India’s experiences in licensing poppy cultivation for the production of essential medicines
Lessons for Afghanistan by Romesh Bhattacharji, former narcotics commissioner of India
Important lessons from the experiences of Indian farmers, administrators and security
experts could inform the implementation of a Poppy for Medicine project in Afghanistan.
The role played by the Indian farming villages, and in particular the role played by the
village headman, in controlling poppy cultivation and limiting diversion in licensed
poppy cultivation projects has empowered a variety of stakeholders. This lesson is
particularly relevant with regards to the social control hierarchies present in Afghan rural
Full report (220 kb, pdf)
Opium poppy licensing in Turkey: A model to solve Afghanistan’s illegal opium economy?
Jorrit Kamminga, ICOS
This report analyses the Turkish opium licensing system as a way to illustrate the „normality‟ of such an industry. The latter function is important for the current debate on using similar systems in other countries. In Afghanistan, for example, the opium poppy is still solely associated with illegal drug consumption, drug trafficking, crime and insurgency. On the contrary, in Turkey, opium poppies are regarded as both traditional medicine and an essential part of a rich cooking tradition. As such, the poppy licensing industry in Turkey should be regarded less a direct example of how to implement a similar model in Afghanistan, but more as an illustration of an alternative, non-politicised way of looking at the opium poppy plant and its potential benefits for Afghanistan.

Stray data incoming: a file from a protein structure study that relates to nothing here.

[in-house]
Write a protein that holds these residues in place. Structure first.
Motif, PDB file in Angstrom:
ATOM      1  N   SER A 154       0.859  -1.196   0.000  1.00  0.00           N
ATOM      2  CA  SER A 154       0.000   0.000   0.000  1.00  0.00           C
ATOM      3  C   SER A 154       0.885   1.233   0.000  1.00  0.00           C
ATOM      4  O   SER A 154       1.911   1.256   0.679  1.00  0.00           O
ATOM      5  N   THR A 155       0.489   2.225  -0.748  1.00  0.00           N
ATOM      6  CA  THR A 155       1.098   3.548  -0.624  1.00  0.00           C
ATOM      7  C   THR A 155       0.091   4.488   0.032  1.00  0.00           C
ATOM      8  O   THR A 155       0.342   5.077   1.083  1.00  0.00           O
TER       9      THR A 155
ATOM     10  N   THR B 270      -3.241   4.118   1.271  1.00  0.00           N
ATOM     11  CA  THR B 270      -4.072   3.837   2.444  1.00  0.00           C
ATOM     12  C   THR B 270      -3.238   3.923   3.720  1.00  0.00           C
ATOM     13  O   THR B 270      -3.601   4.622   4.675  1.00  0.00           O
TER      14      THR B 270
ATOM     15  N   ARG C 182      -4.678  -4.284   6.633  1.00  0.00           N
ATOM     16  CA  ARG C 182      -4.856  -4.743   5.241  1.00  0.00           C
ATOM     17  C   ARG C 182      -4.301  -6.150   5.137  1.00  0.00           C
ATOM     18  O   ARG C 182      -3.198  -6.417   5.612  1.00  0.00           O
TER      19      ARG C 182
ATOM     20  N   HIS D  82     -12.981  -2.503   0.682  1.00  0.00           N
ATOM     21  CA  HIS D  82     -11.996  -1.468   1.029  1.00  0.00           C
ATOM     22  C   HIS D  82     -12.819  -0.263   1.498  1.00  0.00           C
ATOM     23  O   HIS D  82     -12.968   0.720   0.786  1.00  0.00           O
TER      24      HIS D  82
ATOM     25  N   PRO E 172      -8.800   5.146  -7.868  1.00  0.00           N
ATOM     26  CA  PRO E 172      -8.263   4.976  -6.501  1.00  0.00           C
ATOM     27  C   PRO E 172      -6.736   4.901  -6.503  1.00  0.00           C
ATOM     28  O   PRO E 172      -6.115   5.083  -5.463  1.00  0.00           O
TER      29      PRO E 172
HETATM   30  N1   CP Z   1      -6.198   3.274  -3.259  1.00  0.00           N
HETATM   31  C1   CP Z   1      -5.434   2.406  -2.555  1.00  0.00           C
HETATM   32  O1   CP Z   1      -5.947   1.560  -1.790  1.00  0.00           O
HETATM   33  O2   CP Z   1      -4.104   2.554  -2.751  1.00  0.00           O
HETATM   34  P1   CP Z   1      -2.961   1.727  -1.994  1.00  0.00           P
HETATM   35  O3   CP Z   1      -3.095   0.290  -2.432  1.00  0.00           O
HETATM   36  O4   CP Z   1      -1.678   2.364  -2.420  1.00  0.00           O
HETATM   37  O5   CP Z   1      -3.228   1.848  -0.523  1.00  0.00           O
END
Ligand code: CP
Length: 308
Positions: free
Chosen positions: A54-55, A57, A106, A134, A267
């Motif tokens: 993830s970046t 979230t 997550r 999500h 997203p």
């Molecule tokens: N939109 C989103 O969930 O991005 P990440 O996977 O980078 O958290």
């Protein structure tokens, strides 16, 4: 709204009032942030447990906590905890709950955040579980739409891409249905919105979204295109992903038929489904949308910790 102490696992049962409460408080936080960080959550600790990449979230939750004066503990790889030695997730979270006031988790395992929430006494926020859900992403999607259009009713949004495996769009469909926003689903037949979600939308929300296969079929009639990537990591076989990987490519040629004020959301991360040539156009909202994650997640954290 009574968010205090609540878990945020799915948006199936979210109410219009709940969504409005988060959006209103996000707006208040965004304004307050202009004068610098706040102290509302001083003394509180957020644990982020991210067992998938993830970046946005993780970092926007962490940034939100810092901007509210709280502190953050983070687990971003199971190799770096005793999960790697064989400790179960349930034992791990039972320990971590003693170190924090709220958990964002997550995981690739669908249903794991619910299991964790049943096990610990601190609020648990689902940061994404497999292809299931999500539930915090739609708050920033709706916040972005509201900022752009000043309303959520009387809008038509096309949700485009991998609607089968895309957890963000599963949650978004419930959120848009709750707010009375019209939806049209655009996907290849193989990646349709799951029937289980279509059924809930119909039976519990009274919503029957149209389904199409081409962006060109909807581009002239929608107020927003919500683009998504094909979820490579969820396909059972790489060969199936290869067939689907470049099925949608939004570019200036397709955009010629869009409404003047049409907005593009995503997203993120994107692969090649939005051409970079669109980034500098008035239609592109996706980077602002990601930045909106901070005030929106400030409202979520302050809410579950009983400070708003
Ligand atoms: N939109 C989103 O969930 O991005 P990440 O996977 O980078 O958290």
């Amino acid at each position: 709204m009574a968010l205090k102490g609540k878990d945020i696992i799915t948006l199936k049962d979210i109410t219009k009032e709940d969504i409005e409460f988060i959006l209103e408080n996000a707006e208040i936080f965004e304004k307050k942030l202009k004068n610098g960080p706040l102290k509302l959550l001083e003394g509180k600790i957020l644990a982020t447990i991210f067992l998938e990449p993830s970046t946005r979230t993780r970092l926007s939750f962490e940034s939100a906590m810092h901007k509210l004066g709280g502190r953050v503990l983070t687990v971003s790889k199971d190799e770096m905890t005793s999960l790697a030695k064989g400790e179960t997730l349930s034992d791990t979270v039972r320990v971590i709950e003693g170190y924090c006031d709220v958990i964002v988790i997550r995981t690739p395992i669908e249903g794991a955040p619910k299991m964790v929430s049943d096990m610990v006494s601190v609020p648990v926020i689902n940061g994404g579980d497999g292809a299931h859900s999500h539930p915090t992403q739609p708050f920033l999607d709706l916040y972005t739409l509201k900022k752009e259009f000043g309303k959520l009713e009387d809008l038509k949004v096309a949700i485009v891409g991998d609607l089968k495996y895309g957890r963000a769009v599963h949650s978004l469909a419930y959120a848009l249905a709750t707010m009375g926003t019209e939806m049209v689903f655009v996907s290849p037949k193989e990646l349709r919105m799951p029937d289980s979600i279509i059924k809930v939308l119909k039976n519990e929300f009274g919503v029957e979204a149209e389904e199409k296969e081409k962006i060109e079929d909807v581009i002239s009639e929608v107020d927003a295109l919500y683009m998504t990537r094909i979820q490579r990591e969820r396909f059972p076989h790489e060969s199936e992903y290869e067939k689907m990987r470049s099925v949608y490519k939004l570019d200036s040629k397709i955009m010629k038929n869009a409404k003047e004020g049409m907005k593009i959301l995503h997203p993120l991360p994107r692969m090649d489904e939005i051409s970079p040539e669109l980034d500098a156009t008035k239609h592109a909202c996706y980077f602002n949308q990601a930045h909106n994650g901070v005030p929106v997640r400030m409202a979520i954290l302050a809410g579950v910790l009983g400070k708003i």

Full report (pdf)